Clearing A Path
Now that I have graduated from college, my parents are again emphasizing the importance of life skills with me. They have explained that learning life skills also encompasses learning how to take care of the property that surrounds our home. This is a very different experience for me since up until now my parents have worked on teaching me household and self-care life skills, and I never really gave much thought to outside chores. I have always been quite happy to stay inside with my books and computer.
So, this past week I have started a new chore: carrying the bags of seeds for my mother to the many feeders we have in our large yard and woods behind our house for the squirrels, birds, and chipmunks that come to feed. The woods takes up almost all of the interior space of the block we live on and our bird feeders receive a wide variety of plumaged visitors.
As the weekend approached, my father indicated that he would need my help to clean up the leaves, twigs, and other detritus that has collected in the woods. I have played in the woods a few times before, but I have never helped my dad take care of it. It turned out to be a very rewarding experience even though it did challenge me physically.
It was a bright sunny day when we ventured out and our main responsibility at first was raking up the leaves, sticks, and other materials in the back yard, placing them in a wheelbarrow, and wheeling them over to a large debris pile in the woods. My dad did most of the raking while I held a shovel to collect the leaves and then placed them in the wheelbarrow. This was a new experience for me since I have never used a shovel before, but I got the hang of it after a few minutes of practice. I also pushed the wheelbarrow to the pile and disposed of the leaves there—another new experience for me. My dad showed me how to shake the wheelbarrow back and forth so the leaves could be more efficiently distributed as they fell out into the pile. Making these trips could be tough because the path to the pile was up hill and was covered with leaves and large branches that blocked the path and almost tripped me up in some places, but my father taught me how to navigate through the woods to the pile. I think another reason I perceived the trips as difficult is because I usually did not pay attention to where I was stepping. It took a great deal of concentration on my part to learn how to navigate the path, push the wheelbarrow without tipping it over, and avoid branches and stumps. My dad and I shared the responsibility of pushing the wheelbarrow, each of us alternating after four trips each.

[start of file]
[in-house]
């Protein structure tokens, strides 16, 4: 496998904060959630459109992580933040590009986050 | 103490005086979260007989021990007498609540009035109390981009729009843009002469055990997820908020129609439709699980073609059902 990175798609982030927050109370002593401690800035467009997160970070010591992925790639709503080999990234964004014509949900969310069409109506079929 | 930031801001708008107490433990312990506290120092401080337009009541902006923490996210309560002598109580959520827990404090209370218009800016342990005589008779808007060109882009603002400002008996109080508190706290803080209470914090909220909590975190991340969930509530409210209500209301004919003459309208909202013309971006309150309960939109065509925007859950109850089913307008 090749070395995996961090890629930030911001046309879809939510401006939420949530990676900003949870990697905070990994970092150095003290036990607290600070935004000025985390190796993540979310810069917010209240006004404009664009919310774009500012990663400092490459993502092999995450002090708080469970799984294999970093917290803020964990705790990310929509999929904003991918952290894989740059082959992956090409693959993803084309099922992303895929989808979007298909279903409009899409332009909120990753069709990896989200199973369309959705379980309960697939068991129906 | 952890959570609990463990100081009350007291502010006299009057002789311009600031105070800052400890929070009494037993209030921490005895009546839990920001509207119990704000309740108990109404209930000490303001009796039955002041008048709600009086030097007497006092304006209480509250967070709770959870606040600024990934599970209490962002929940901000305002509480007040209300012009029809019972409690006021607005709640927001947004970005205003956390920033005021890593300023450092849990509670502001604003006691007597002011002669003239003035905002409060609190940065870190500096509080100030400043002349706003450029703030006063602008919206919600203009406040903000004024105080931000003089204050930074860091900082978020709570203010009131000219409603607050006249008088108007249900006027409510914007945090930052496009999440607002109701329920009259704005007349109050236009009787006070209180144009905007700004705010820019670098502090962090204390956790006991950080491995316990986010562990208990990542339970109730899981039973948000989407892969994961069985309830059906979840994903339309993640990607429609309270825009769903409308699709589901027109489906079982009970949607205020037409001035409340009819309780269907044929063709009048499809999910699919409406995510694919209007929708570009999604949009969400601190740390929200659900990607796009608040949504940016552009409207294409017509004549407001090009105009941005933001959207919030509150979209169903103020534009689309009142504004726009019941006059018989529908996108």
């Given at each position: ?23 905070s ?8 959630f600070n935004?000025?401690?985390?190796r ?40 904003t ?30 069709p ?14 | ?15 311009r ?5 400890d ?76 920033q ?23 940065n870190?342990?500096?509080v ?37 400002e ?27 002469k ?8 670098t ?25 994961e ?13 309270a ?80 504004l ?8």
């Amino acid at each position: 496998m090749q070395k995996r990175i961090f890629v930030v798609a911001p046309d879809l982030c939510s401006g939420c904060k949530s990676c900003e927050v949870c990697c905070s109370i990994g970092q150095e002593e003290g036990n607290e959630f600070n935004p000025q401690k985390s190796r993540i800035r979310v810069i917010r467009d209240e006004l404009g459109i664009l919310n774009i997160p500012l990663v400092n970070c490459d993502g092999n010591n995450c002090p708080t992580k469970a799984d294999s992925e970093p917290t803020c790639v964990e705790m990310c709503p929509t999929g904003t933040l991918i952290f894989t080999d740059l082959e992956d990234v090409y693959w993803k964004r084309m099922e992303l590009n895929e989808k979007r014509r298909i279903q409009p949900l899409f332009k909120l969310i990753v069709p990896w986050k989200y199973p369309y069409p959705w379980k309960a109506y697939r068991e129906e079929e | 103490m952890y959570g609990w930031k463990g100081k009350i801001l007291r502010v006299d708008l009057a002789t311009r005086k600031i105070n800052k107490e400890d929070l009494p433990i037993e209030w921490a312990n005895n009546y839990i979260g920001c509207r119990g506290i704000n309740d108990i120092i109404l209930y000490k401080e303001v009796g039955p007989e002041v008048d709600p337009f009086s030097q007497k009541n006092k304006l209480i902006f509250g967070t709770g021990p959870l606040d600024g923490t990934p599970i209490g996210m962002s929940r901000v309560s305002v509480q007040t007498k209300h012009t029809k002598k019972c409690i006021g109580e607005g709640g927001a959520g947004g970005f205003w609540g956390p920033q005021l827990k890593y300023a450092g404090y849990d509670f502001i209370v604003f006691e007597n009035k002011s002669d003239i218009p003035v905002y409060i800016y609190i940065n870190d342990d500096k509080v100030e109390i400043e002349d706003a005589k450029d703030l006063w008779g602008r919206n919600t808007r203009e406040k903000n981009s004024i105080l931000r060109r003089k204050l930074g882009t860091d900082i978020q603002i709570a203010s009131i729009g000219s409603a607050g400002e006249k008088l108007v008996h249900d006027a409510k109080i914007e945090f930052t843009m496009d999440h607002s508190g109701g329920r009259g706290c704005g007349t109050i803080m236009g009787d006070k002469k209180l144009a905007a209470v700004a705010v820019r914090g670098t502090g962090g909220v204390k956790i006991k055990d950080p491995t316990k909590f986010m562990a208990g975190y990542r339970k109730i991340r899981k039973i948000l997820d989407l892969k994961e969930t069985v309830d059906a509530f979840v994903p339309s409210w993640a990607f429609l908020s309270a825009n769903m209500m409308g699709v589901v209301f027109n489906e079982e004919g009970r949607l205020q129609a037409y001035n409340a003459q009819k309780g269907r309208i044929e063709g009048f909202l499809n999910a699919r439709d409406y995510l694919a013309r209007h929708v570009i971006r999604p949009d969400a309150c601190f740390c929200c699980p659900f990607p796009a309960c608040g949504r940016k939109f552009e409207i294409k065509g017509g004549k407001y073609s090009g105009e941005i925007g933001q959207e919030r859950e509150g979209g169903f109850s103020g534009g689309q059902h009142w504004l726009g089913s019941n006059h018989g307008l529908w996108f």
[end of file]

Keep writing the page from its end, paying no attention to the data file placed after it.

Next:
This process exhausted me because I have weak muscle tone throughout my body, so my dad let me rest for short periods. During my rest periods, I took in the beauty and sounds of the woods, things which I had not really noticed in too much detail before. The day went on this way as we moved from the back yard to further up into the woods, cleaning the woods and then resting my body so that I could continue. By the time I told my dad I was much too tired to continue, about four hours had passed. My dad worked on as I went in to rest.
Being with my father as we took on this task turned out to be much more fun and invigorating than I thought it would be. My father’s company was very enjoyable as was seeing all of the animals who scampered out of our way as we worked, and the pleasant weather was a very nice fringe benefit. We did not complete the entire woods, but I look forward to working with my father in the coming weekends to do so. I also now know that I can, with the proper guidance and attitude, participate in projects that are both physically and mentally challenging for me. Another benefit of a good day’s work is to be able to look outside and see what my father and I accomplished—the start of a very nice looking yard and woods.